Reuben Brown
Southern California

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funkyfreak
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#11 Post by funkyfreak » Tue May 17, 2005 4:07 pm

CafeSavoy wrote:Granted it's nice to have headphones on hand when you've forgotten yours
As said, yes.

-FF

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#12 Post by JesseMiner » Tue May 17, 2005 10:22 pm

CafeSavoy wrote:headphones are part of a DJs equipment as is their music.
I was going to say the same thing. I can't stress enough that every DJ should own their own headphones and never leave home without them. This is DJ 101: bring your music, bring your headphones. I quite often find myself at gigs where no headphones are provided, and even when they are provided, rarely are they quality ones. Yes, an event producer will definitely be providing you the equipment to play your music on, but headphones are often considered optional, if considered at all. Headphones are an essential piece of equipment for the DJ that shouldn't be left to chance.

Jesse

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scowl
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#13 Post by scowl » Thu Jun 09, 2005 4:34 pm

How about light? Many of these places are pretty dark and DJ's can go blind if they don't bring a flashlight or something.

I bought one of these gooseneck mixer lights but I had no clue that some BNC microphone inputs don't put out 12V. For some reason Kristin didn't want me cracking her mixer open to wire 12V to the BNC connector (she owns that part of the equipment) so I wired the light to a cheesy 12V adapter. It still looks very professional and is very handy.

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Bob the Builder
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#14 Post by Bob the Builder » Thu Jun 09, 2005 5:42 pm

A Flash light is now part of my DJing standard "tool" kit. I think it's a must for checking and connecting cables to ports in dark rooms, under tables or dark corners.
But I do like a light to be provided for reading your CD or LP track listings and liner notes. Some venues are bright enough for the ambient light to work OK.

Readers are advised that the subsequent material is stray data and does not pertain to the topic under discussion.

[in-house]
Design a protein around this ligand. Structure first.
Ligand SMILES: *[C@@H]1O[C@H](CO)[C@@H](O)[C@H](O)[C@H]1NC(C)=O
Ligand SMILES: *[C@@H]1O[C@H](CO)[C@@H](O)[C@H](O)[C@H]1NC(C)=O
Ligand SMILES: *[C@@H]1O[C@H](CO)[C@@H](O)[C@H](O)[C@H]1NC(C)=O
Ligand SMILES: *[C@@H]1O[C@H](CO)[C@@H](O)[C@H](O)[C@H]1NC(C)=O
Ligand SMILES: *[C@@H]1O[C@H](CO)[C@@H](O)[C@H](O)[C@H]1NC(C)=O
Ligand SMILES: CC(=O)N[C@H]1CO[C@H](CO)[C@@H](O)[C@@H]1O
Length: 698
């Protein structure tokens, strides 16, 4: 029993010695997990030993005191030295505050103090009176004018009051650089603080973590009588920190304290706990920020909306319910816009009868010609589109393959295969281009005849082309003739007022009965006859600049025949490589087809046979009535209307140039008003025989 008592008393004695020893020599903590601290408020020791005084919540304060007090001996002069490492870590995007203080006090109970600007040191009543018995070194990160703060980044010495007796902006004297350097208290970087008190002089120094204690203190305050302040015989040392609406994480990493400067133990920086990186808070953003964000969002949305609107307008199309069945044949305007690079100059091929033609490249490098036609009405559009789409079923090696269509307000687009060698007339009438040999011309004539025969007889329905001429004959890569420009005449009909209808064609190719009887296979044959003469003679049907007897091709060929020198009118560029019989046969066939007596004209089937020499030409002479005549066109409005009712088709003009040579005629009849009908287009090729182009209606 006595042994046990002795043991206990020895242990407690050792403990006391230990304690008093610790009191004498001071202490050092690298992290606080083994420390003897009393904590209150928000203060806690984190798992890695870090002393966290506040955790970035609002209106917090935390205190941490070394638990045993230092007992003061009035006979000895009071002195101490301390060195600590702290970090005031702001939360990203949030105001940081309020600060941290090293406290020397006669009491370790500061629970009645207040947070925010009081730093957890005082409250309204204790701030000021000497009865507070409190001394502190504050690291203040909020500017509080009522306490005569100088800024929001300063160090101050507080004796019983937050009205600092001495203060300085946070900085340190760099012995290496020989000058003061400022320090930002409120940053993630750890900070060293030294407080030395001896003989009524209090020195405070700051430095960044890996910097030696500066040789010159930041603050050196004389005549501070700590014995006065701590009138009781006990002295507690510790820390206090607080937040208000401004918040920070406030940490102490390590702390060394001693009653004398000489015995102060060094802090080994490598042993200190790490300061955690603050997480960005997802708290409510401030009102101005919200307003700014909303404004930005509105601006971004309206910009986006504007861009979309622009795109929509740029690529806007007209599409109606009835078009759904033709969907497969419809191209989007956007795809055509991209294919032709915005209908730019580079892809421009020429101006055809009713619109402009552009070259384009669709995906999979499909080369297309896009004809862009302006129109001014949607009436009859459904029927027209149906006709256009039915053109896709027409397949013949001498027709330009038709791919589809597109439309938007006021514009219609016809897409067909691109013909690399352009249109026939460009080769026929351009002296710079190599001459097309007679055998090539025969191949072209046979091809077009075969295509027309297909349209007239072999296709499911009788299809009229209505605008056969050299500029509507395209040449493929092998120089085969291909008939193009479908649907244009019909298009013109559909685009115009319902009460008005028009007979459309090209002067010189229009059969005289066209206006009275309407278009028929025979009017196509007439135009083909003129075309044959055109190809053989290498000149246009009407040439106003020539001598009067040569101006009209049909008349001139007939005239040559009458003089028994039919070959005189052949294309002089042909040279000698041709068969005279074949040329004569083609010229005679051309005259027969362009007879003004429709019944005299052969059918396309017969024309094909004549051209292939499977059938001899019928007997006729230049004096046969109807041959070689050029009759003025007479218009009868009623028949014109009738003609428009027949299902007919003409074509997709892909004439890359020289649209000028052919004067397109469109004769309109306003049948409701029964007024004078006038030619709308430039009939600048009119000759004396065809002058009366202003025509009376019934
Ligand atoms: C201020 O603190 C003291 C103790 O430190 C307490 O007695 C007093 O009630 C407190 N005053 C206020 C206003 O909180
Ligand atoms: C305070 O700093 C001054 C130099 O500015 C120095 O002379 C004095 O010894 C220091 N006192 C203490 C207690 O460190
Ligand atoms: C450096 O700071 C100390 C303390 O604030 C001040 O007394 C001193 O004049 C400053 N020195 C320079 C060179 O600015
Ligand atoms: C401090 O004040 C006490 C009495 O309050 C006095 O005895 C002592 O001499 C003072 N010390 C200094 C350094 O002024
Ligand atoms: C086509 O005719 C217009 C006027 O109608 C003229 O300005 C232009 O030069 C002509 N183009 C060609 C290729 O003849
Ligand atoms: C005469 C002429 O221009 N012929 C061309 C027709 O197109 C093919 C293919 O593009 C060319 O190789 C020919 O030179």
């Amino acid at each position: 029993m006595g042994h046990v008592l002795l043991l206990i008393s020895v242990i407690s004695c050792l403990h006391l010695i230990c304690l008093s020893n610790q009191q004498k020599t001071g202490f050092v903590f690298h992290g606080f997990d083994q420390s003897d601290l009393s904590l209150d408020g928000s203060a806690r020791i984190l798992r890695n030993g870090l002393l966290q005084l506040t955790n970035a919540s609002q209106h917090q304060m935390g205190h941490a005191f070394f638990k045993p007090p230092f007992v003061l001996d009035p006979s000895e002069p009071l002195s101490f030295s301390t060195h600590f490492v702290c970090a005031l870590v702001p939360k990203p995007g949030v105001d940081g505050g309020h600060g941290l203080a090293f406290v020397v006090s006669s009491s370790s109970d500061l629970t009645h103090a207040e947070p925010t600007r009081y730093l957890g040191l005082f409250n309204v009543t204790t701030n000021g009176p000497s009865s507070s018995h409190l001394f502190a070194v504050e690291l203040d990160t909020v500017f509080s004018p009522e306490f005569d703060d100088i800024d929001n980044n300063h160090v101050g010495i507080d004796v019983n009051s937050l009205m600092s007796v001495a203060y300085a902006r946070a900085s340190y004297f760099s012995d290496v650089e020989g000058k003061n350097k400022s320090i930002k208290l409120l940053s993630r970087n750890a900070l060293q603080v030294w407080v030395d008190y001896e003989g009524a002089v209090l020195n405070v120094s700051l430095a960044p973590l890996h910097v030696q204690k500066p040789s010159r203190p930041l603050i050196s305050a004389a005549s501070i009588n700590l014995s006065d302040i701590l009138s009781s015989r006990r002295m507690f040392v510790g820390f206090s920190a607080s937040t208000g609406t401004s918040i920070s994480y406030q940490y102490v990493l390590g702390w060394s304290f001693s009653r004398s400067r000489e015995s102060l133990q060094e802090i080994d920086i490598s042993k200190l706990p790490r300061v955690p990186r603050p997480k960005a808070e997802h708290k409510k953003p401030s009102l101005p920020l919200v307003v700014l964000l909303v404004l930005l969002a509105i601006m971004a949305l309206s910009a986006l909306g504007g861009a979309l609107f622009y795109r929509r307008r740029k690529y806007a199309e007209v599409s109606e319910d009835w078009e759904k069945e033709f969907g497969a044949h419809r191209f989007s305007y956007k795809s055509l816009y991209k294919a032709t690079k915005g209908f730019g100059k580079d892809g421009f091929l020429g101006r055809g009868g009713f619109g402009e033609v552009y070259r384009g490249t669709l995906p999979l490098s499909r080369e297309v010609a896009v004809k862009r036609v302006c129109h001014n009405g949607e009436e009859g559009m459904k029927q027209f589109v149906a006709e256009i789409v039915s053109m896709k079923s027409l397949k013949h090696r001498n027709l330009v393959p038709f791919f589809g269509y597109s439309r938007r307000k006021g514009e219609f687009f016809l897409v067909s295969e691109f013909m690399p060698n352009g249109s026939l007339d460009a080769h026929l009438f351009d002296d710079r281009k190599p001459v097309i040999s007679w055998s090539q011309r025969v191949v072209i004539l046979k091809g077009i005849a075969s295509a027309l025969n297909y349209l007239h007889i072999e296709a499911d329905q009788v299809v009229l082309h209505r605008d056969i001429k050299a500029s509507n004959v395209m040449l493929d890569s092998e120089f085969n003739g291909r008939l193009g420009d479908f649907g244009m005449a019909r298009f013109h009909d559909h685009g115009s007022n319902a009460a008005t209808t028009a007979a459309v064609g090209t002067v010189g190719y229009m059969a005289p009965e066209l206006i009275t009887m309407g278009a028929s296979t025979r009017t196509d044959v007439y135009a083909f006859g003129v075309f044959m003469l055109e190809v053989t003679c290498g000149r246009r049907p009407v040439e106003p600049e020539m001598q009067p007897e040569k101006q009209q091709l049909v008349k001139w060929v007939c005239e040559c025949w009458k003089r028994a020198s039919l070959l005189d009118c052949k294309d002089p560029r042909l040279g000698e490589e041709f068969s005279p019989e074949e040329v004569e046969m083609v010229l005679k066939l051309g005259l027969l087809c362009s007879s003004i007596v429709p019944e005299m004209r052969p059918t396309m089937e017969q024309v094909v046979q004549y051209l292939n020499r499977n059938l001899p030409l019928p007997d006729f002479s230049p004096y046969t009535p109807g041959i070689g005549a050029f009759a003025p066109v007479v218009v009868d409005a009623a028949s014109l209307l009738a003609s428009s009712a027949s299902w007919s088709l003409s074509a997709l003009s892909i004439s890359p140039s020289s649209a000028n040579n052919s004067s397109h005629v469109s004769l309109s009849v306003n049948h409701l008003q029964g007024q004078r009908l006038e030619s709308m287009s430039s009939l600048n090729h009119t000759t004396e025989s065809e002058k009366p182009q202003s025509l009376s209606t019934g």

I'm a PC DJ now, so the computer provides all the light I need for everyday DJing.
You also just have to be an aware of the problems the lights with transformer plugs can create if it’s on the same circuit as the audio gear.

Actually here is my standard DJing “tool” kit list.

Laptop computer, mouse and electrical input cable.
DJing Head phones.
Power board and extension cable.
3 No. RCA to 1/8 stereo phono jack (I use 2 for DJing and 1 for backup).
Torch
Note pad and pens. Note pad backs up as a mouse pad.
iPod, for back up in case I’m getting computer problems
Port adaptors, ie 2 RCA to ¼ mono phone jack, 1/8 stereo phone jack to ¼ phone jack.
A Mixer and RCA cable (just when the venue does not have a mixer)

Brian :D
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Serg
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#15 Post by Serg » Fri Jun 10, 2005 7:46 am

Bob the Builder wrote:A Flash light is now part of my DJing standard "tool" kit. I think it's a must for checking and connecting cables to ports in dark rooms, under tables or dark corners.
But I do like a light to be provided for reading your CD or LP track listings and liner notes. Some venues are bright enough for the ambient light to work OK.
I'm a PC DJ now, so the computer provides all the light I need for everyday DJing.
You also just have to be an aware of the problems the lights with transformer plugs can create if it’s on the same circuit as the audio gear.

Actually here is my standard DJing “tool” kit list.

Laptop computer, mouse and electrical input cable.
DJing Head phones.
Power board and extension cable.
3 No. RCA to 1/8 stereo phono jack (I use 2 for DJing and 1 for backup).
Torch
Note pad and pens. Note pad backs up as a mouse pad.
iPod, for back up in case I’m getting computer problems
Port adaptors, ie 2 RCA to ¼ mono phone jack, 1/8 stereo phone jack to ¼ phone jack.
A Mixer and RCA cable (just when the venue does not have a mixer)

Brian :D

Whoa! That's a lot of equipment mate. I am still old school. One case with 180CDs and a headset. But I give to you,a flash light is a good idea.

Serg